Having your pie closer to the bottom rack will help brown up that pie crust. I always place mine in the lower third of my oven.

pumpkin pie being taken out of the oven

You can also help brown up that crust, by placing your pie on a pre-heated baking sheet. I actually like to do this anyway to catch any drips from my bubbling, fruit filling!

Before you go to bake your pie, pre-heat your oven and place a baking sheet into your oven to start to warm up. Then when you go to bake your pie, place the pie right onto the baking sheet. 

Tip #6: Use Dried Breadcrumbs

You can also sprinkle dried breadcrumbs on the bottom. This will help absorb the juicy filling and prevent a barrier.

And no one will be the wiser!

Tip #7: Brush With Chocolate.

Ok this might not work for every single pie out there. But again, you can blind bake your pie crust. Let it cool completely and then brush on melted chocolate. 

A hidden layer of chocolate. Um, yes please!

Tip #8: Strain Your Filling.

A fruit pie can come with a lot of moisture. So help things out by tossing your fruit with sugar first and letting it sit. The sugar will remove some of the water from the fruit. 

After it sits, I like to strain out some of the liquid. Simply discard the liquid. Or you can boil it down into a thick syrupy liquid to pour over you fruit. 

Tip #9: Vent The Crust.

That pretty Lattice Pie Crust or just few slits in the top crust, help to vent all that steam that builds up inside from your filling cooking away. 

If it doesn’t have anywhere to go it could get absorbed into your crust!

strawberry pie with lattice top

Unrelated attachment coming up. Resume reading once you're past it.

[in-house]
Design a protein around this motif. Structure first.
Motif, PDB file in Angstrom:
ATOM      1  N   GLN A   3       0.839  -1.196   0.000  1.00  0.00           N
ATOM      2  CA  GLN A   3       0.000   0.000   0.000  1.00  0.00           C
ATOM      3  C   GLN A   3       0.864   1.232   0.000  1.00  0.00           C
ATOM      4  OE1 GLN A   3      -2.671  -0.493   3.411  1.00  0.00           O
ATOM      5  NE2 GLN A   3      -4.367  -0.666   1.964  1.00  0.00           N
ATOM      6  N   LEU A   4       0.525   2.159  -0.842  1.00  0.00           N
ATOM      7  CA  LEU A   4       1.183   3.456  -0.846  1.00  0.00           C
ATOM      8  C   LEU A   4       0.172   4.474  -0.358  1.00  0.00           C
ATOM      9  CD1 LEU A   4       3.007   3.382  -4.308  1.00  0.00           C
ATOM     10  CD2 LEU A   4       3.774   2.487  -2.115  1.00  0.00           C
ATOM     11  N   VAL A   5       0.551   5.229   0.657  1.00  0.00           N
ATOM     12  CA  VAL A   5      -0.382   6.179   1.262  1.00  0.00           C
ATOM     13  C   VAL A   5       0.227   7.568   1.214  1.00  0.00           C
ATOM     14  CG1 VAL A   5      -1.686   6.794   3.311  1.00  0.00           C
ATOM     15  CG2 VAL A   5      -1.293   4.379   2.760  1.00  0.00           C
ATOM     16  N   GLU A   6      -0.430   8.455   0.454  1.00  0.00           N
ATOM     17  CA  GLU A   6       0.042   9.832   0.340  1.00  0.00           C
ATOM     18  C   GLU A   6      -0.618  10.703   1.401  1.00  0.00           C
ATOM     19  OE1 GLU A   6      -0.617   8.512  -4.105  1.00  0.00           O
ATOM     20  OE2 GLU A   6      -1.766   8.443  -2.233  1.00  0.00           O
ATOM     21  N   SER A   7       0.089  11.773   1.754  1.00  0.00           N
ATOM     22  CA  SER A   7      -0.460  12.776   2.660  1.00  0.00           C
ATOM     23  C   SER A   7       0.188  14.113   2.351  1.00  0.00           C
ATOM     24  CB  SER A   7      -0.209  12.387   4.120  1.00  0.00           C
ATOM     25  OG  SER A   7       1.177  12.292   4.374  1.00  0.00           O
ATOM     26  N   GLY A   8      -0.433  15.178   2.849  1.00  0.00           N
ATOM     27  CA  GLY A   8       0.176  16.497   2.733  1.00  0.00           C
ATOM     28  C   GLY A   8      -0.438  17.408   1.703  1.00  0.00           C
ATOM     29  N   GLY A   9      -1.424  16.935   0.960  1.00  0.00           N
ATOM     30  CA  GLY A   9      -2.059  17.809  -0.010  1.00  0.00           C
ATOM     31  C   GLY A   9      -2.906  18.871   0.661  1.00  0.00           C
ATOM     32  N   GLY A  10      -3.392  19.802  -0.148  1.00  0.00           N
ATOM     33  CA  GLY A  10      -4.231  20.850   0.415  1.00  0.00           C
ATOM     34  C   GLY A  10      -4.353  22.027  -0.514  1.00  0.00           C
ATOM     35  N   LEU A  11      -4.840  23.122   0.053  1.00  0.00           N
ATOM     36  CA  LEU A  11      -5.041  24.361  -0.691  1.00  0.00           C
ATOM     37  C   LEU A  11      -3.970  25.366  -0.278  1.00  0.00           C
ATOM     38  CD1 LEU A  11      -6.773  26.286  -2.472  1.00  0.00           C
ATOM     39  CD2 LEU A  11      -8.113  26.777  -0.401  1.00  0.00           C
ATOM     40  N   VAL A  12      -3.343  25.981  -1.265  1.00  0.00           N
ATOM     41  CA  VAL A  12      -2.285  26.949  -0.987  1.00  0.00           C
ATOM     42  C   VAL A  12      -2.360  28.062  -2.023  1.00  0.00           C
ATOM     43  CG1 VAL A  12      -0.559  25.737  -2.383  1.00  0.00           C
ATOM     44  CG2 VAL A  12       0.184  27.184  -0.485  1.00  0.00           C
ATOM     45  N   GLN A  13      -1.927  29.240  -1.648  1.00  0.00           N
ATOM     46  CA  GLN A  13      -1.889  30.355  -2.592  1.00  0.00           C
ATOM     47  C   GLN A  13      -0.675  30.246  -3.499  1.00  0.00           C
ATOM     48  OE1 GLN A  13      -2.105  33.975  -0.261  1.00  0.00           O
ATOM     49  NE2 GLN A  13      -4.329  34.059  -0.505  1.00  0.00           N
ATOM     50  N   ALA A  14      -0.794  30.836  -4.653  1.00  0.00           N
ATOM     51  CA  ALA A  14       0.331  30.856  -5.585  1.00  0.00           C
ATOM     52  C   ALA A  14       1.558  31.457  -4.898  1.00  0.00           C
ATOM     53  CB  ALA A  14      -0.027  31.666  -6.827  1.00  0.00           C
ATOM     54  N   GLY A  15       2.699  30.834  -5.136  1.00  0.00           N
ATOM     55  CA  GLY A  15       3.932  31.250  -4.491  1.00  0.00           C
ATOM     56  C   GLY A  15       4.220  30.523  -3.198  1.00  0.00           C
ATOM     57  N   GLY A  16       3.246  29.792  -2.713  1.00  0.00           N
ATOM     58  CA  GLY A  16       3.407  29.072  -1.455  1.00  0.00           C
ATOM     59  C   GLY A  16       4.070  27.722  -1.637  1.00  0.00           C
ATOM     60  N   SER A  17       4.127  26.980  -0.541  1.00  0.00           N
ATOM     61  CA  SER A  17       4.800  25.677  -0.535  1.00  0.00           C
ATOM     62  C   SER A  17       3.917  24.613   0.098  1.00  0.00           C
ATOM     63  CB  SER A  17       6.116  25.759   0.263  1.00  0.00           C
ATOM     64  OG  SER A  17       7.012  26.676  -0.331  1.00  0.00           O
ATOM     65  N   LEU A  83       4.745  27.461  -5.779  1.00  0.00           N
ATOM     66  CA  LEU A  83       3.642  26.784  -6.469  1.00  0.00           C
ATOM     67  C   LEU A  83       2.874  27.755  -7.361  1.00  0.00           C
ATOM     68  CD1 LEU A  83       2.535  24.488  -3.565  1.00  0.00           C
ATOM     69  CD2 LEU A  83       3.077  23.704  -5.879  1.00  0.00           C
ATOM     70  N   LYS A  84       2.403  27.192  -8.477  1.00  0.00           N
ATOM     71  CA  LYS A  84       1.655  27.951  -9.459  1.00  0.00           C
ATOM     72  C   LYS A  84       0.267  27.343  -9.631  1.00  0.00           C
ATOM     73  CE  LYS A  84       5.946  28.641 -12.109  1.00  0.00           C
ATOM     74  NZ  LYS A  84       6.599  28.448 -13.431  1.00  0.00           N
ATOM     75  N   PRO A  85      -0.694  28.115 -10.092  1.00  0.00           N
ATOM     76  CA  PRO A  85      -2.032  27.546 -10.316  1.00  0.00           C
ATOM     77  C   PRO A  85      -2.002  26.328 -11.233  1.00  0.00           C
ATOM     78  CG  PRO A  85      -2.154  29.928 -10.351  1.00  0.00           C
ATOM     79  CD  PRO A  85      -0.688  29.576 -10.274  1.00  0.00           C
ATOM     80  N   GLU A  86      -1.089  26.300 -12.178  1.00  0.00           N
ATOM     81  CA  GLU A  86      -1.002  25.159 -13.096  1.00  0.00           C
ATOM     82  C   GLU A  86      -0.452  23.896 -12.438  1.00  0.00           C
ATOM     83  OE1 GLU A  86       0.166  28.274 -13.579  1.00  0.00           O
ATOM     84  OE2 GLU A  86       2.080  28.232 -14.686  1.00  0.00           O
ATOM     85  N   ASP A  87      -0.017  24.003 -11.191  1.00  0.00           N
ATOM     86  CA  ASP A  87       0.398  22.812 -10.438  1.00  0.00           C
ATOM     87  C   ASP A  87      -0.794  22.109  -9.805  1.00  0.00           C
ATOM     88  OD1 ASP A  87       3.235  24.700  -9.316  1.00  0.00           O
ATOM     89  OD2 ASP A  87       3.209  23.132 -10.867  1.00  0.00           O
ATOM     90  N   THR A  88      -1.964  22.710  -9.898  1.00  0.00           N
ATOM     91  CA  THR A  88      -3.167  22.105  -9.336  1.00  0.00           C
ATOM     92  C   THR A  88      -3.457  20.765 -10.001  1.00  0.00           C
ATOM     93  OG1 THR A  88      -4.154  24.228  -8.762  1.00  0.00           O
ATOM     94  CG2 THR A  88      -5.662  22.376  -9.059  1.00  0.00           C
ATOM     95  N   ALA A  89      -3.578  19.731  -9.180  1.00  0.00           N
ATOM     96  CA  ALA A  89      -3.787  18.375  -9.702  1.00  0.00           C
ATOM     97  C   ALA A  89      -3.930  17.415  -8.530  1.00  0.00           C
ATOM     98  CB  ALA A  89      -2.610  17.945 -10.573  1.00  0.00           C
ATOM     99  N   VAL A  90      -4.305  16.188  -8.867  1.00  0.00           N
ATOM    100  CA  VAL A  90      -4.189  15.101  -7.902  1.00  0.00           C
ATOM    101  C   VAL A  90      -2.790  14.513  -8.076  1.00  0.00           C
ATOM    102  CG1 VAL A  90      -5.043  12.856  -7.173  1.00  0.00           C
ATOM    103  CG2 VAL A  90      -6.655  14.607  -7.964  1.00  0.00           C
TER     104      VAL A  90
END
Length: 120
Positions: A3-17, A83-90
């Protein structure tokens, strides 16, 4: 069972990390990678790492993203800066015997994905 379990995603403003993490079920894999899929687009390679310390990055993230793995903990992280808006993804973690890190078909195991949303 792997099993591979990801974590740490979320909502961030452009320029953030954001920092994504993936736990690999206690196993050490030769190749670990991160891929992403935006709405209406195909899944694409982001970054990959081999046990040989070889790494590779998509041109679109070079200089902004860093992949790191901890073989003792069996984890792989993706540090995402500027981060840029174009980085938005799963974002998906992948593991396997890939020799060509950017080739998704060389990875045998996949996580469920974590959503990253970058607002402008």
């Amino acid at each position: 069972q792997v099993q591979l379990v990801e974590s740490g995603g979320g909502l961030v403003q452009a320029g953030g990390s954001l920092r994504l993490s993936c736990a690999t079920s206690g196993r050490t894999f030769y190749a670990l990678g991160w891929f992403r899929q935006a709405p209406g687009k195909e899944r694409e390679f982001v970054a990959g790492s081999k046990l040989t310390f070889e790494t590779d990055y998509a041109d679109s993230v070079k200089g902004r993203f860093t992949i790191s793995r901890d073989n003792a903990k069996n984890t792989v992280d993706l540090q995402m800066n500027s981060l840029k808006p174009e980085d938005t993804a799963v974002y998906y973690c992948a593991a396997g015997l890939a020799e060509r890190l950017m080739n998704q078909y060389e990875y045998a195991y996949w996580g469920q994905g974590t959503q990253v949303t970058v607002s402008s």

For More Pie Baking Help Check Out These Posts:

Check Out These Pie Recipes

Happy (pie) baking!



 

4 Comments

  1. Hello Heather. I tried using 3 of your tips to avoid a soggy bottom crust while baking our Thanksgiving (Canadian) pumpkin pie. My crust was baked to perfection thanks to you. I used the egg wash coating, placing the pie plate on a metal pan and putting it on the lowest rack in the oven. Brilliant tips that I will use from now on. A bonus was the fluted edge didn’t get too dark like it usually does. Thank you so much for your advice.

    1. aw that’s amazing Donna!! I’m so happy for you!! You’re so welcome 🙂

  2. I made an apple huckleberry pie a few weeks ago. I’ve been searching for how to prevent a soggy crust so glad I came to your site. I also made a blueberry pie and both pies had a disappearing bottom crust on the second day. I told my niece about the apple huckleberry pie and she requested the pie for our yearly family cookout. Since she has to be on a gluten free diet what is your thought on using Measure for Measure GF flour for the pie crust. I put a crumble on top of the pie so only need bottom crust.

    1. Hi Shelley! Glad you found the post helpful. I’ve used measure for measure before (or was it called cup 4 cup?) but not for pie crust. You might find the crust maybe harder to work with but can’t say for sure but I think it should be fine!